Key Takeaways

  • The Society for Worldwide Interbank Financial Telecommunication (Swift) is a global network connecting banks to communicate messages about activities like money transfer in a safe and secure way
  • Swift assigns each bank an eight- or 11-character long code, known as the bank identifier
  • Banks, Securities Dealers, Clearing Houses, Exchanges, and Corporate Business Houses are some of the users of the SWIFT network.

What is the SWIFT payment system?

The Society for Worldwide Interbank Financial Telecommunication (Swift) is an international network that links banks to securely and privately exchange signals regarding actions like money transfers. Every day, about 11,000 SWIFT members send close to 33.6 million transactions.

How does the SWIFT system work?

Swift payments are transactions carried out across a network. Each bank is given an eight- or eleven-character-long code by Swift, called the bank identification. It is same as the IFSC code which is used for domestic interbank transactions whereas the Swift code is used for international payments. For example, if someone in India wants to send money to a person in the US, they would need the latter’s bank account number and the Swift code of the destination bank. The Swift code lets the US bank know of the transfer in real-time and eases its clearing.

Example of SWIFT code

To understand the process of assigning code better, let’s take an example of UniCredit Banca, an Italian bank, headquartered in Milan. Its swift code is UNCRITMM. Let us now understand how the code is formed.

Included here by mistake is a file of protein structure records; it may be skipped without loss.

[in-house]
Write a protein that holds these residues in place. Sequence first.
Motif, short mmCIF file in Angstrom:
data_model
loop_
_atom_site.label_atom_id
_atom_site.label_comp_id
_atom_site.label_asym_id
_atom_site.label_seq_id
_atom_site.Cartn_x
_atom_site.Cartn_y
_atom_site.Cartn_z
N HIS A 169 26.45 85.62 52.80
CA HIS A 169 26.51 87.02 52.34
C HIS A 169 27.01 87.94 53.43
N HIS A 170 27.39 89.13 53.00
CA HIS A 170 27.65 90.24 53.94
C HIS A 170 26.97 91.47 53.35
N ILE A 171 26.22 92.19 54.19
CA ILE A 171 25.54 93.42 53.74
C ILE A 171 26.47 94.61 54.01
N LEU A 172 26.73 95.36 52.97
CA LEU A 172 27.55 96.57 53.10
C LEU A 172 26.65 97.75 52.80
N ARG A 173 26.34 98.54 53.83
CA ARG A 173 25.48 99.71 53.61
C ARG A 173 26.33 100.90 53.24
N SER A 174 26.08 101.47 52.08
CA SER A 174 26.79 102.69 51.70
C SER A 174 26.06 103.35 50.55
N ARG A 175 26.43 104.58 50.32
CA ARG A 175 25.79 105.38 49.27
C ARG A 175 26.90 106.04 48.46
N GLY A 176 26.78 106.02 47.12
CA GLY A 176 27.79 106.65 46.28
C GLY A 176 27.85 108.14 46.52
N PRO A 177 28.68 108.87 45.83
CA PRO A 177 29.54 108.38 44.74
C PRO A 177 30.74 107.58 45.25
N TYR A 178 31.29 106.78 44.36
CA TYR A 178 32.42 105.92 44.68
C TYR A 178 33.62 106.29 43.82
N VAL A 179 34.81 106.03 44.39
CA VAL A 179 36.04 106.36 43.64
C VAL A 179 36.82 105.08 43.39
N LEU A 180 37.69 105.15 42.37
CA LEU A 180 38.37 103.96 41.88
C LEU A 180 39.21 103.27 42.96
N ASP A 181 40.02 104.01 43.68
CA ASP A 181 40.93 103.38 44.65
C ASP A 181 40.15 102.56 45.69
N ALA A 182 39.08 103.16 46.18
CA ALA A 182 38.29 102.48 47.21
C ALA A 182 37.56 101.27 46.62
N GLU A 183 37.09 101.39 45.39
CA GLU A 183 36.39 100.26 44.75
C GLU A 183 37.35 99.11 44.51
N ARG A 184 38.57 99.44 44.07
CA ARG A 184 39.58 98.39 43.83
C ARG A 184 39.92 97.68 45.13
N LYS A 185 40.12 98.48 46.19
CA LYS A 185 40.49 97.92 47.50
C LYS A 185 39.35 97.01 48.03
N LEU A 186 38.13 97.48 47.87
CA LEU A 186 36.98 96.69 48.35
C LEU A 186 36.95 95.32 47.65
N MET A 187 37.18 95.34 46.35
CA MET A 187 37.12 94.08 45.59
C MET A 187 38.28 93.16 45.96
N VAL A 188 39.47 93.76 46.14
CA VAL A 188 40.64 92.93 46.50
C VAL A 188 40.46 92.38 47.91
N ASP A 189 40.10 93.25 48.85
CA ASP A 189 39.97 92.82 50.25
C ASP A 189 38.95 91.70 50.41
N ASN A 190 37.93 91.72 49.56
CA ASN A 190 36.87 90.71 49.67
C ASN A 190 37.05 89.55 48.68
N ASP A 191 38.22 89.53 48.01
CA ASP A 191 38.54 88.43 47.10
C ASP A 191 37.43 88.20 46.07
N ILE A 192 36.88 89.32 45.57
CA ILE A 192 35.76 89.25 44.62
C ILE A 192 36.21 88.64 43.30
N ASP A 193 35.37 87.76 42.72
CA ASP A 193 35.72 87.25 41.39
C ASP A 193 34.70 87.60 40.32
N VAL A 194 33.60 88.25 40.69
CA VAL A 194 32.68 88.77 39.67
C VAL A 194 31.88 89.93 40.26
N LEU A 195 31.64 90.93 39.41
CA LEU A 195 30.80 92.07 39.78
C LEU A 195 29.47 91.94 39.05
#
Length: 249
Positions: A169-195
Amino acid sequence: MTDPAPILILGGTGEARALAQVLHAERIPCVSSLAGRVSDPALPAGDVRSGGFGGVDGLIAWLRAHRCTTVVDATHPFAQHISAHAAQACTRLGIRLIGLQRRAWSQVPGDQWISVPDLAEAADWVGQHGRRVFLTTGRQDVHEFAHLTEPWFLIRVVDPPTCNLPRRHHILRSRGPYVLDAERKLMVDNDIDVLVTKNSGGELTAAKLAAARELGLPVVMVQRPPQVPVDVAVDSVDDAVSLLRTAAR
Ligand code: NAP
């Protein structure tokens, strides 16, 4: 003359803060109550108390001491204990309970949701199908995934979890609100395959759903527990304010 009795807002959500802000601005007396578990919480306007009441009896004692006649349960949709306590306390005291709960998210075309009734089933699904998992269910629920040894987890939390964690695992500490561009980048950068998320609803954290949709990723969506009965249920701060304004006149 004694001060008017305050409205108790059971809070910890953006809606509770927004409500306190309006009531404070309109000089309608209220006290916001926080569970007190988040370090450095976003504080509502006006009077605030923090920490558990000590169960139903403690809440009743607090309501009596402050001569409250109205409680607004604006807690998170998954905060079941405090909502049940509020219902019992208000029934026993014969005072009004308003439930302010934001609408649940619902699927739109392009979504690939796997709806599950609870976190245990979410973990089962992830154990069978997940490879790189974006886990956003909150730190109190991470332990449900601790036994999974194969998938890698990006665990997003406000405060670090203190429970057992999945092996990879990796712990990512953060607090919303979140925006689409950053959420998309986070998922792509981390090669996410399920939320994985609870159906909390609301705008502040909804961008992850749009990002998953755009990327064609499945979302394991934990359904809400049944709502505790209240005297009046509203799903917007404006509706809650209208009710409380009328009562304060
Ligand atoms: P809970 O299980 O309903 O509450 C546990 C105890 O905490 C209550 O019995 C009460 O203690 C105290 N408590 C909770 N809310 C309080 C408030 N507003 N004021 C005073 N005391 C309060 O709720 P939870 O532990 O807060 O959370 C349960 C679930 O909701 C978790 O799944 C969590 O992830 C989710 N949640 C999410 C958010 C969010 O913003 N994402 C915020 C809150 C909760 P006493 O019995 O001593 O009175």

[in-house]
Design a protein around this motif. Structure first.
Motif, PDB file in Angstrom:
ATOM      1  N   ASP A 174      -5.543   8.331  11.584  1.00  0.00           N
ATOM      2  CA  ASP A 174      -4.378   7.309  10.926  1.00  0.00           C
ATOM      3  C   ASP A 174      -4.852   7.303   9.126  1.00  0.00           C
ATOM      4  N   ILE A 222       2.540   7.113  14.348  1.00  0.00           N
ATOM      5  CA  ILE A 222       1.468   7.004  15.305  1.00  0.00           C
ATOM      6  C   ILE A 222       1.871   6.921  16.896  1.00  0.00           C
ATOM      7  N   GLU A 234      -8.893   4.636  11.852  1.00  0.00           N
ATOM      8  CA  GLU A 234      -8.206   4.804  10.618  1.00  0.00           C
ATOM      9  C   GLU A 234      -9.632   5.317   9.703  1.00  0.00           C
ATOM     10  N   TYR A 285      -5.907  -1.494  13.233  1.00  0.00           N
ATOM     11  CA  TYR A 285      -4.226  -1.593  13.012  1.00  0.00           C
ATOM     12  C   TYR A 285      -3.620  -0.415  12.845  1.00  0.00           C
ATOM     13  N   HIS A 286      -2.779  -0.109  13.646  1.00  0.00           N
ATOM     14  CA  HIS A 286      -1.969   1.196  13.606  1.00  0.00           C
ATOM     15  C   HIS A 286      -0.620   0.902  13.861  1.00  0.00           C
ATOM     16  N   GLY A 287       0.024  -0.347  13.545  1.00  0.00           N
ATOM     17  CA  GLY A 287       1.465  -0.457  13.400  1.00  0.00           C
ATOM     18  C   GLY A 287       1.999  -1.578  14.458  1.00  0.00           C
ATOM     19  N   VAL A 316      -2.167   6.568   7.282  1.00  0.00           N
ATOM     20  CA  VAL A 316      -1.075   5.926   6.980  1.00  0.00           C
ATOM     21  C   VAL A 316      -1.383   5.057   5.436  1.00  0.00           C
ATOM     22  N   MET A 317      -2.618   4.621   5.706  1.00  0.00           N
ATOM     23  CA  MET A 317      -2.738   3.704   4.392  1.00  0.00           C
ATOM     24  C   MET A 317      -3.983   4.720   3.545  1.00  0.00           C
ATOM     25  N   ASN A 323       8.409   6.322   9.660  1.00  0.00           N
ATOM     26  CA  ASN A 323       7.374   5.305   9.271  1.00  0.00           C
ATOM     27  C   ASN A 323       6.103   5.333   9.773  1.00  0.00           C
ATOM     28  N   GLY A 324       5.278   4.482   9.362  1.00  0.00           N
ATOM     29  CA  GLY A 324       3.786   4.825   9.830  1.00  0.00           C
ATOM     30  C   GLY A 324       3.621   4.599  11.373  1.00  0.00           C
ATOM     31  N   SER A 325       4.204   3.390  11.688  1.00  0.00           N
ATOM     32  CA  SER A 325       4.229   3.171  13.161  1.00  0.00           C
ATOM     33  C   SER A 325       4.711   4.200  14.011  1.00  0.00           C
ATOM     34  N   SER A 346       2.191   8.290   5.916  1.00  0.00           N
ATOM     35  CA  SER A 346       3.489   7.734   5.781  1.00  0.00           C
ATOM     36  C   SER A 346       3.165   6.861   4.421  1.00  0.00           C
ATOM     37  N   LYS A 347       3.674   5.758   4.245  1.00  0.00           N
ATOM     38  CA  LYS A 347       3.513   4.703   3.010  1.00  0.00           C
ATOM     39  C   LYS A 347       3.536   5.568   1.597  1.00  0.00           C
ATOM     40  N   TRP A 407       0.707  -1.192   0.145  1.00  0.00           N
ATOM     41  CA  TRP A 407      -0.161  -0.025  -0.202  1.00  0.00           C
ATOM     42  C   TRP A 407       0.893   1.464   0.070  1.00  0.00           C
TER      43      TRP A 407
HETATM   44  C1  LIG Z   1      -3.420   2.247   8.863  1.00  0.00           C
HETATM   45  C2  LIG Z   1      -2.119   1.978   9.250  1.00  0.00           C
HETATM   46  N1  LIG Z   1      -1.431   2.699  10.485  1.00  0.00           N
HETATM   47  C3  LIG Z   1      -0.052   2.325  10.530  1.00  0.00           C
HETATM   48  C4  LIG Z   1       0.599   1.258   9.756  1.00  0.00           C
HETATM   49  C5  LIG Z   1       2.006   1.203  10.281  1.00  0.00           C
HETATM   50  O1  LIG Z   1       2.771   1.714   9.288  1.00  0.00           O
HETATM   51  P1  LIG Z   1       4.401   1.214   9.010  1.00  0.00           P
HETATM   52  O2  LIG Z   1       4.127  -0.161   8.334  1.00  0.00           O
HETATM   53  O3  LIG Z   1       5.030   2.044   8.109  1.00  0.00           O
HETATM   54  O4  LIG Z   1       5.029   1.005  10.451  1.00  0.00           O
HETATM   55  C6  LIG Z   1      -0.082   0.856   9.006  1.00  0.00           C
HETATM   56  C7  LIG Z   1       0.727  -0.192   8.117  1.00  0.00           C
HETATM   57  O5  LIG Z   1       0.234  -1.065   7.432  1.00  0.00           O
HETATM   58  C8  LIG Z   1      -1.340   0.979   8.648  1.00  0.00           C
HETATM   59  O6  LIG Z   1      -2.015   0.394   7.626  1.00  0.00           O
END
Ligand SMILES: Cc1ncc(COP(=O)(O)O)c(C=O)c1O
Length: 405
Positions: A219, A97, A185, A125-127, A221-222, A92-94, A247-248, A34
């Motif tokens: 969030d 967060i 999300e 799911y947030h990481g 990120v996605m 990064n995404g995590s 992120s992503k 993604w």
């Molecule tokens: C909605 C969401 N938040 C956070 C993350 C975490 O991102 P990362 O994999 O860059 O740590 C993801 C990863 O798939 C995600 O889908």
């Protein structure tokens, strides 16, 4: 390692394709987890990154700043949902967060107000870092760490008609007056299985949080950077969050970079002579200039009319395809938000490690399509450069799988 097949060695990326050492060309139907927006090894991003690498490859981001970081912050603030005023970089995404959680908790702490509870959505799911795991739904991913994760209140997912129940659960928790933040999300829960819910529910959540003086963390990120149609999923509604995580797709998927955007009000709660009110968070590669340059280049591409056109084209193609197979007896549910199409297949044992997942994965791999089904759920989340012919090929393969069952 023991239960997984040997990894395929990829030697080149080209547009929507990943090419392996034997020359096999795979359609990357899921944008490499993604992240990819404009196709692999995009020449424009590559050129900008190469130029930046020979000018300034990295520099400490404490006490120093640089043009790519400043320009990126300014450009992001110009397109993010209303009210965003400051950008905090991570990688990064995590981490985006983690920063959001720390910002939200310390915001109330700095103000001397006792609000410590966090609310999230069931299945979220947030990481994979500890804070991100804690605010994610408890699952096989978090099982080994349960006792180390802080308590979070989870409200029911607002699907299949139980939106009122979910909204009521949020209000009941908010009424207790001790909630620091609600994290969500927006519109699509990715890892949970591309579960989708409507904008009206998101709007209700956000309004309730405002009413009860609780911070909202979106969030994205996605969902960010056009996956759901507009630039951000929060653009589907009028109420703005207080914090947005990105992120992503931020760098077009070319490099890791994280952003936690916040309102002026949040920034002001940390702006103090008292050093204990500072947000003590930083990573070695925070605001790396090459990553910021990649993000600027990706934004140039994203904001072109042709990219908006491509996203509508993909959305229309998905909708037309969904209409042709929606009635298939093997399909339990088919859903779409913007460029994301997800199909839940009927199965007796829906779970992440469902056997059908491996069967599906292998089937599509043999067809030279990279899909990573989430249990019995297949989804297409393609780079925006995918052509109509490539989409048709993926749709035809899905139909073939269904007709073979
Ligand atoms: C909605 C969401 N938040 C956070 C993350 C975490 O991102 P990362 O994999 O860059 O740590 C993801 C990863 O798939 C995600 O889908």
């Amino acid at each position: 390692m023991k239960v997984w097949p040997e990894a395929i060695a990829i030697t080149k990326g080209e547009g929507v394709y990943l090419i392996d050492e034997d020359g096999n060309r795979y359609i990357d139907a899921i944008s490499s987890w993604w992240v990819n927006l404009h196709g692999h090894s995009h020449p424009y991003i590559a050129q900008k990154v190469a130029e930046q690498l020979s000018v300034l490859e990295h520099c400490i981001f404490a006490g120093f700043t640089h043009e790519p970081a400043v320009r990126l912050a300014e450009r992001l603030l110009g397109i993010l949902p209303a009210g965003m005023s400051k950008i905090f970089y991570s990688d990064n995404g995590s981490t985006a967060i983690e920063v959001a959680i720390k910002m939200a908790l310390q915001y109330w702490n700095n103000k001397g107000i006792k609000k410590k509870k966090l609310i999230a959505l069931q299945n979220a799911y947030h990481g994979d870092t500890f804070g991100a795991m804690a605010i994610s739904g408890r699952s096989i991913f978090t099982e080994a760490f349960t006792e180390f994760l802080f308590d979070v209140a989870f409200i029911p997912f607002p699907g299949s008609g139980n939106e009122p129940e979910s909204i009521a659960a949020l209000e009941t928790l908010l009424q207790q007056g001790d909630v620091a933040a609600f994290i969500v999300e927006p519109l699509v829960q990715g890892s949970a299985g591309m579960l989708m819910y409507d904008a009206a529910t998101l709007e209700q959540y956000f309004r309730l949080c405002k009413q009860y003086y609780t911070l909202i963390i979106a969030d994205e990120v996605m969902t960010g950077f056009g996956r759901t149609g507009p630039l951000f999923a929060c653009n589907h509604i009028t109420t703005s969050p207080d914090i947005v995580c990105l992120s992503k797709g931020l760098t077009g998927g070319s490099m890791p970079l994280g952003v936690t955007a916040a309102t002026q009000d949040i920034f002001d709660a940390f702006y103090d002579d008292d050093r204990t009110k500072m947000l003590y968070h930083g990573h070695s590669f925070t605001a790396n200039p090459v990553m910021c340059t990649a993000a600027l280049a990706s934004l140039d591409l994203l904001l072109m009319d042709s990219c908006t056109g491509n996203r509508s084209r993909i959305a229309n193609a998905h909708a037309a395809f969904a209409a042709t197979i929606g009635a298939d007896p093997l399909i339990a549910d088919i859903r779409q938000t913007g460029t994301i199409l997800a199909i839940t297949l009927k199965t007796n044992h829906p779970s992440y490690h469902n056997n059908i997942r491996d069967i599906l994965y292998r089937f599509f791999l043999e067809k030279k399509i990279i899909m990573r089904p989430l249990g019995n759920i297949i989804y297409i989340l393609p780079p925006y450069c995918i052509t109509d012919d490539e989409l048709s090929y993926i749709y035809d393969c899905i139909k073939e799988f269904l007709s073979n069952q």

The first four characters of the code denote the institute code, which is UNCR for UniCredit Banca in this example.

The next two characters stand for the country code, which is IT for Italy in this case.

The next two characters stand for the location or the city code, which is MM for Milan in this example.

The last three characters are optional, but some organizations use it for defining individual branches.

Who uses SWIFT?

SWIFT network has expanded over the years, and presently the following institutions use the system.

  • Banks
  • Securities Dealers
  • Clearing Houses
  • Exchanges
  • Corporate Business Houses
  • Brokerage Institutes
  • Asset Management Companies
  • Depositories
  • Treasury Market Participants 
  • Foreign Exchange & Money Brokers

Services offered by SWIFT

SWIFT offers many services to businesses and individuals that facilitate accurate and seamless business transactions. Some of the services provided by the SWIFT network are:

Applications: SWIFT network offers access to several applications such as real-time instruction tally for forex and treasury transactions, security market infrastructure, and banking market infrastructure. 

Compliance Services: SWIFT connections also aim to provide services related to financial crime compliance. It offers Know Your Customer (KYC), Anti-Money Laundering (AML) and Sanctions.

 Business Intelligence: Recently, SWIFT has introduced reporting utilities and dashboards, which help the clients to receive a real-time view of tracking the activities, messages, reporting, and trade flow. 

 Messaging and Connectivity: The fundamental business of SWIFT aims at providing a reliable, secure, and scalable network that enables a seamless movement of messages. It achieves that with its various network connections, hubs, and software.